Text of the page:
In the CBC Docs POV documentary Prison Pump, we meet Jose Alejandro Vivar, an ex-gangster who spent eight-and-a-half years in prison.
Vivar was once an influential Toronto gang leader and involved in the city’s drug trade, and he’s seen a lot of violence. “It went from fist fights to baseball bats, to chains, to dogs, then guns,” said Vivar. Gun violence in Toronto spiked this summer, with more than 200 shootings in the city so far in 2018, 24 of them fatal.
John Struthers, one of Canada’s top criminal defence lawyers (who once represented Vivar) is not surprised. He believes a solution could lie in an idea that’s been gaining momentum around the world: Legalize all drugs.
War on drugs is causing more violence
Law enforcement agencies across North America have shut down some large gangs in the drug trade, but this creates a power vacuum, leading to more turf wars and violence.
He says that it’s a war we cannot win — drug use will never stop. As long as there are users, there will always be a supply and there will always be suppliers: gangs.
Legalizing the supply would take drugs away from the gangs, cutting off their income source. “Gangs aren’t fighting over drugs, they are fighting over money,” says Struthers. “Al Capone wasn’t killing people over beer during prohibition; he was killing people over money.” It’s the same with today’s gangs — with a demand for drugs, there are billions to be made.
And he believes there’s another benefit to legalization. “By bringing the drugs out of the shadows, we can move towards getting help for those with addictions. It doesn’t require a judicial approach; it requires a public health approach.”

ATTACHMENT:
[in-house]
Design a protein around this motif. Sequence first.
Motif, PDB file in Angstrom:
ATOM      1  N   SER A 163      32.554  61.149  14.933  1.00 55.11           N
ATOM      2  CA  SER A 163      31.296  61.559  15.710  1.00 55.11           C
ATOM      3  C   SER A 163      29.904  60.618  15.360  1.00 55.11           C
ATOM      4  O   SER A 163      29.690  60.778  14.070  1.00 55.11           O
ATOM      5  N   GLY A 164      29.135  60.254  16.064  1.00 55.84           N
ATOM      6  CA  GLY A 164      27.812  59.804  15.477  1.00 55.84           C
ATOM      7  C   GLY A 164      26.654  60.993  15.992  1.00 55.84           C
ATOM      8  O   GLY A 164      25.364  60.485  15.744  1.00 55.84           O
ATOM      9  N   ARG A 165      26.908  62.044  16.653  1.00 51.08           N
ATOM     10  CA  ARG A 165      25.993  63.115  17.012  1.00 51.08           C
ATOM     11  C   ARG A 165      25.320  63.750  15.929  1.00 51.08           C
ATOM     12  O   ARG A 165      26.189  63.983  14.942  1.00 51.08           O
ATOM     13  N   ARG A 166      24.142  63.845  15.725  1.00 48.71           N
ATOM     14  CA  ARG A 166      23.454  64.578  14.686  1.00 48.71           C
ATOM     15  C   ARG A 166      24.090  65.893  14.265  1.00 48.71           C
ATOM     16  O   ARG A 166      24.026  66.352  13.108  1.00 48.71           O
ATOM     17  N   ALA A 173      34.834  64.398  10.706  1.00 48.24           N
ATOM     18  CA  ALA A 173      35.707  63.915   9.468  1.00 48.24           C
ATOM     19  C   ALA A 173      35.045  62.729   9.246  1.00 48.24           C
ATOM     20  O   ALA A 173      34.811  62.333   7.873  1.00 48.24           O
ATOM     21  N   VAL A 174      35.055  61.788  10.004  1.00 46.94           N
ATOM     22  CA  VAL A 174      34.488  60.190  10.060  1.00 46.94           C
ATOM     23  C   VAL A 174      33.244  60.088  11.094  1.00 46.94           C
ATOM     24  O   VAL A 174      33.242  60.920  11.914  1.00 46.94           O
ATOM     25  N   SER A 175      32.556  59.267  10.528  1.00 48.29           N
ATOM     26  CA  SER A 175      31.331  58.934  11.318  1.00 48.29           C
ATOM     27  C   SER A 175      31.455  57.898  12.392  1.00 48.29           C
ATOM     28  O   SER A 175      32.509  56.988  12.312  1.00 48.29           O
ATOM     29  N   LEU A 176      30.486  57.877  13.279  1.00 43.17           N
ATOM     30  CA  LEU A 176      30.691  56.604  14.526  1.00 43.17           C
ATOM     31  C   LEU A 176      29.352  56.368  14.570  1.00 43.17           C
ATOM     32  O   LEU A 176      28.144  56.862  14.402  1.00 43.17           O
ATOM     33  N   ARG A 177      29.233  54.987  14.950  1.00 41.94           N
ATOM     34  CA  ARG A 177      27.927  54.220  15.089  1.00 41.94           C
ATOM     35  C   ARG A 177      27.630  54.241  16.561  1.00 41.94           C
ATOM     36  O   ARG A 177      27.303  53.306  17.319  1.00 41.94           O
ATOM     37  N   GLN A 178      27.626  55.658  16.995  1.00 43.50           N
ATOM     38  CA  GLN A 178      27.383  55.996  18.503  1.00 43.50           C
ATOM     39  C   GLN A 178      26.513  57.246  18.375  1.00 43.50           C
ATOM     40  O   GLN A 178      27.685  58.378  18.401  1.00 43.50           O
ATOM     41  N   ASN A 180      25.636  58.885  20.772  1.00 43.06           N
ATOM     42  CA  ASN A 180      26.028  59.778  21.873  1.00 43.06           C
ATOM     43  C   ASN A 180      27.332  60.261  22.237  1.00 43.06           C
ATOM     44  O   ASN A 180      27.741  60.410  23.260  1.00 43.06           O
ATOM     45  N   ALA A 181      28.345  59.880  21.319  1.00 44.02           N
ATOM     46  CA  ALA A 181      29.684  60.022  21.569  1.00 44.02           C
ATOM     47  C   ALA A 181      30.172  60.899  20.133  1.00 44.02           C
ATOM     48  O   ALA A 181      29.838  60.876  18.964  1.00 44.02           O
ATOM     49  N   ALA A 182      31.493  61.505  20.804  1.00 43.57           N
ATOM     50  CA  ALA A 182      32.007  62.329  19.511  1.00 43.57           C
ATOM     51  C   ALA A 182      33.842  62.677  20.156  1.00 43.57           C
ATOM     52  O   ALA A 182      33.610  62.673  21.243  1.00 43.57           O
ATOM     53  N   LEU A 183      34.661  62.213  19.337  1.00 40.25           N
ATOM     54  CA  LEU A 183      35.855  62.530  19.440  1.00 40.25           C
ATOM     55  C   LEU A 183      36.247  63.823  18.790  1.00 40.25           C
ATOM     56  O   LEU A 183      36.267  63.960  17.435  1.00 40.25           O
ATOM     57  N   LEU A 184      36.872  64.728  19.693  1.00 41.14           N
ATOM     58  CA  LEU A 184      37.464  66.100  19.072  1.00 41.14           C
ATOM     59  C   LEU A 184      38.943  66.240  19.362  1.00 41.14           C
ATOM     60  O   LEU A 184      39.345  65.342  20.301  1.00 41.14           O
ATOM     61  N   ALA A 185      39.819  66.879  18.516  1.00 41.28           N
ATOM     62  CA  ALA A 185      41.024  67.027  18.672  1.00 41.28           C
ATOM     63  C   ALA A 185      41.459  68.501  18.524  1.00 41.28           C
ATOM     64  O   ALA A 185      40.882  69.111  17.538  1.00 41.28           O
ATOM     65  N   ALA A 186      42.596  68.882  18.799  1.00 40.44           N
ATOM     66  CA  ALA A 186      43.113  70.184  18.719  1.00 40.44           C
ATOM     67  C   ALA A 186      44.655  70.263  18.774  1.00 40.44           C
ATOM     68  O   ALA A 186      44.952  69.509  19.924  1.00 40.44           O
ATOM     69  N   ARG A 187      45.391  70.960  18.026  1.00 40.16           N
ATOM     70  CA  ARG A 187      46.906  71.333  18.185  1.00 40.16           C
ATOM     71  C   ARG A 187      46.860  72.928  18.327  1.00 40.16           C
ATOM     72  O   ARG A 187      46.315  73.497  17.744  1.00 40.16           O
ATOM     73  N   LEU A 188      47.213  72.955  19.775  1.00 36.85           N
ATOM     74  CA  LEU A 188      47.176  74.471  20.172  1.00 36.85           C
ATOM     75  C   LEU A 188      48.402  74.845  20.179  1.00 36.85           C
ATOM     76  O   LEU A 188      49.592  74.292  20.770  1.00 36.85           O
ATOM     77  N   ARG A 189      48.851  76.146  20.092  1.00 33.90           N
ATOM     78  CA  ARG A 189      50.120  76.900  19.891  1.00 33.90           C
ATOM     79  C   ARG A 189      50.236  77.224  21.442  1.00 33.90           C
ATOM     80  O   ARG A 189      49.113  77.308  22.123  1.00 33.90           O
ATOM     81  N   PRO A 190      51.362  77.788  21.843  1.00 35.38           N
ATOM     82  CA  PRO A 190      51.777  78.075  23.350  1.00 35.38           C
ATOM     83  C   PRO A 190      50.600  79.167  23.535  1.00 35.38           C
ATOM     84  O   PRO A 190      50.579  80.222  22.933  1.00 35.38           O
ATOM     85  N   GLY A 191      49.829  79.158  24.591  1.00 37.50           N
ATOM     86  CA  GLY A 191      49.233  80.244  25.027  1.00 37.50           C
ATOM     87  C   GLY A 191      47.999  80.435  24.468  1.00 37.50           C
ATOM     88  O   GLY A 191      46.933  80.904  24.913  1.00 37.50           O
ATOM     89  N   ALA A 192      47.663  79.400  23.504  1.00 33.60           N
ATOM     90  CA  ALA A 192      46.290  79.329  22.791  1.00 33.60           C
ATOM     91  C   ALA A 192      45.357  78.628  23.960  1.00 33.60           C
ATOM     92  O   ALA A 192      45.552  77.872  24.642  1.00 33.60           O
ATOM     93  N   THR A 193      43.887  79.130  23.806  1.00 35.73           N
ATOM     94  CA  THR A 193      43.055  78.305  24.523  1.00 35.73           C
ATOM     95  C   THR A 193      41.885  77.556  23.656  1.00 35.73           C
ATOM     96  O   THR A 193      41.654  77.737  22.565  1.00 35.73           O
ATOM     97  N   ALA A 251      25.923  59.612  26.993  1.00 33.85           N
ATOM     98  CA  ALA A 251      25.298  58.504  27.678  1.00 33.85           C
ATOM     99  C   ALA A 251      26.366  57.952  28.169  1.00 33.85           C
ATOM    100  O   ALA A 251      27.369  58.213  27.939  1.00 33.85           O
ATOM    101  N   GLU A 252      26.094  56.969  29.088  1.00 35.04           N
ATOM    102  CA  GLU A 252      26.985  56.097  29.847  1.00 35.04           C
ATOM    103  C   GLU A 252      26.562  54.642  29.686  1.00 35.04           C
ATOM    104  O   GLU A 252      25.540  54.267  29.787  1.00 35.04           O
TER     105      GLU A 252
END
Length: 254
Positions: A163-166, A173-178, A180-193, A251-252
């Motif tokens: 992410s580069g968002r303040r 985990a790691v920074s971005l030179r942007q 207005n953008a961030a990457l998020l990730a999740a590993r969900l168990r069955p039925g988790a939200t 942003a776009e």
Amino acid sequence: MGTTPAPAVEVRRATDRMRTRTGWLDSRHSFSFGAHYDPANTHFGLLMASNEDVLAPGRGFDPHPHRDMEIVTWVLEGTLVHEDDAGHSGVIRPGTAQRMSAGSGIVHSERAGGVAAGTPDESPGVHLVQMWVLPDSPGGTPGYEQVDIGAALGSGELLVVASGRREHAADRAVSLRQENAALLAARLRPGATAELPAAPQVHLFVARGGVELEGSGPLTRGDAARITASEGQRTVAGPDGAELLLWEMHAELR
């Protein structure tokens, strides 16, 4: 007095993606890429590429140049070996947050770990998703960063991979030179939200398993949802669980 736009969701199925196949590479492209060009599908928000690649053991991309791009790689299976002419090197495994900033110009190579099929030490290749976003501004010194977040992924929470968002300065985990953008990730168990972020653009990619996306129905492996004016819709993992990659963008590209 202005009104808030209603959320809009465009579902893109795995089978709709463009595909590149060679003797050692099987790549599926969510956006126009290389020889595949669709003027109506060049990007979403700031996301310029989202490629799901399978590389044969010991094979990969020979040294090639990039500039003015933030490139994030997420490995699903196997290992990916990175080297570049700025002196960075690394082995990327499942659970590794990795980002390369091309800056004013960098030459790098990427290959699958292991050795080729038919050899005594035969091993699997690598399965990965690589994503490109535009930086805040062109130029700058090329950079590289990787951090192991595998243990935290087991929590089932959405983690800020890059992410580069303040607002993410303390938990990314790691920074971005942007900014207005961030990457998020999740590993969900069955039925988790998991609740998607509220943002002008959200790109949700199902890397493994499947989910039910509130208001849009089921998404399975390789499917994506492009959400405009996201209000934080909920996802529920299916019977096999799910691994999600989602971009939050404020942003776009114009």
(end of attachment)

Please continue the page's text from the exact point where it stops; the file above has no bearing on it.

Struthers has seen first-hand how the current justice system is punishing people with addictions who need help. By legalizing and regulating drugs, the government will be able to control the supply and users will know the drugs they are taking are safe. This approach could have prevented the 4,000 deaths from opioids in 2017 alone.
Legalization of marijuana in Canada
With the legalization of marijuana across Canada in 2018, Struthers hopes that the “gateway drug” could inevitably become the gateway to drug reform.
While progress towards the decriminalization of all drugs depends on Canada’s political landscape, some jurisdictions are getting on board. In response to the opioid crisis, the Toronto Public Health agency recently submitted an official recommendation to the federal government for decriminalizing all drugs for personal use, and Montreal backed the idea recommendation.
Vancouver is at the epicentre of the opioid epidemic with nearly 1,500 deaths last year. The city is also calling for decriminalization, with many of the city’s citizens rallying in support, and Vancouver’s mayor long calling for legalization, saying “urgent, disruptive measures” are needed.
Despite this and support from the federal NDP party, the current Liberal government says it has no interest in legalizing any drugs beyond marijuana.
Struthers is still hopeful for reform and hopes to one day see a new and more effective approach to drug control in Canada. He asks, “who would you rather have managing the drug supply? A regulated institution that can guarantee a safe product and offer help to those with addiction, or gangs with guns?”